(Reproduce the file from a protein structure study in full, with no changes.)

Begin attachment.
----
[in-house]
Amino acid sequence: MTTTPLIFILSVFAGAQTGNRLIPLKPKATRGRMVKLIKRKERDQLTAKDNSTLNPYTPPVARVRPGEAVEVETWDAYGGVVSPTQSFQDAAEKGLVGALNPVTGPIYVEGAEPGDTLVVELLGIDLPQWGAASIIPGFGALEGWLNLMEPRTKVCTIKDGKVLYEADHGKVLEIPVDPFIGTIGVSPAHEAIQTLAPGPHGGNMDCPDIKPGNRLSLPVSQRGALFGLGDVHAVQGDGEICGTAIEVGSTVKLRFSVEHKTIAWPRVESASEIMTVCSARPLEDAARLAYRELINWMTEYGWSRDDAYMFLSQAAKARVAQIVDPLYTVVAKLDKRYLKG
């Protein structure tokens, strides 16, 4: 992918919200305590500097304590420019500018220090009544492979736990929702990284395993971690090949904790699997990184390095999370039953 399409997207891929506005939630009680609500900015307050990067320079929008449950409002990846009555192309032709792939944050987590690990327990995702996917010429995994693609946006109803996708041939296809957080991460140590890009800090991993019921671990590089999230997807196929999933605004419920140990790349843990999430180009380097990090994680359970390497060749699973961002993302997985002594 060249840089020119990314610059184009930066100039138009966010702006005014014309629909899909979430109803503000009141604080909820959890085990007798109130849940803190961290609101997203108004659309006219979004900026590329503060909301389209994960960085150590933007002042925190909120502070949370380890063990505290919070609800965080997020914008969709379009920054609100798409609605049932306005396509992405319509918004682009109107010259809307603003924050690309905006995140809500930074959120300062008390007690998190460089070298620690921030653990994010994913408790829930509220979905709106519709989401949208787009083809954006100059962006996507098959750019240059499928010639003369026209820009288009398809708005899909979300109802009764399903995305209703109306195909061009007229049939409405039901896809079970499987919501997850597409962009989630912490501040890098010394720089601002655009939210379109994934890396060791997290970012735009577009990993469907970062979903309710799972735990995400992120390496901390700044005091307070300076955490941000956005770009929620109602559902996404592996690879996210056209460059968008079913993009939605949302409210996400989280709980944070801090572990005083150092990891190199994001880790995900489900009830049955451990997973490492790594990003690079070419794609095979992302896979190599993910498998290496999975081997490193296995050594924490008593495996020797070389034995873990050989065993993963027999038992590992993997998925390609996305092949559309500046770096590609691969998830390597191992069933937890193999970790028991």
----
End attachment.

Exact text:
[in-house]
Amino acid sequence: MTTTPLIFILSVFAGAQTGNRLIPLKPKATRGRMVKLIKRKERDQLTAKDNSTLNPYTPPVARVRPGEAVEVETWDAYGGVVSPTQSFQDAAEKGLVGALNPVTGPIYVEGAEPGDTLVVELLGIDLPQWGAASIIPGFGALEGWLNLMEPRTKVCTIKDGKVLYEADHGKVLEIPVDPFIGTIGVSPAHEAIQTLAPGPHGGNMDCPDIKPGNRLSLPVSQRGALFGLGDVHAVQGDGEICGTAIEVGSTVKLRFSVEHKTIAWPRVESASEIMTVCSARPLEDAARLAYRELINWMTEYGWSRDDAYMFLSQAAKARVAQIVDPLYTVVAKLDKRYLKG
């Protein structure tokens, strides 16, 4: 992918919200305590500097304590420019500018220090009544492979736990929702990284395993971690090949904790699997990184390095999370039953 399409997207891929506005939630009680609500900015307050990067320079929008449950409002990846009555192309032709792939944050987590690990327990995702996917010429995994693609946006109803996708041939296809957080991460140590890009800090991993019921671990590089999230997807196929999933605004419920140990790349843990999430180009380097990090994680359970390497060749699973961002993302997985002594 060249840089020119990314610059184009930066100039138009966010702006005014014309629909899909979430109803503000009141604080909820959890085990007798109130849940803190961290609101997203108004659309006219979004900026590329503060909301389209994960960085150590933007002042925190909120502070949370380890063990505290919070609800965080997020914008969709379009920054609100798409609605049932306005396509992405319509918004682009109107010259809307603003924050690309905006995140809500930074959120300062008390007690998190460089070298620690921030653990994010994913408790829930509220979905709106519709989401949208787009083809954006100059962006996507098959750019240059499928010639003369026209820009288009398809708005899909979300109802009764399903995305209703109306195909061009007229049939409405039901896809079970499987919501997850597409962009989630912490501040890098010394720089601002655009939210379109994934890396060791997290970012735009577009990993469907970062979903309710799972735990995400992120390496901390700044005091307070300076955490941000956005770009929620109602559902996404592996690879996210056209460059968008079913993009939605949302409210996400989280709980944070801090572990005083150092990891190199994001880790995900489900009830049955451990997973490492790594990003690079070419794609095979992302896979190599993910498998290496999975081997490193296995050594924490008593495996020797070389034995873990050989065993993963027999038992590992993997998925390609996305092949559309500046770096590609691969998830390597191992069933937890193999970790028991």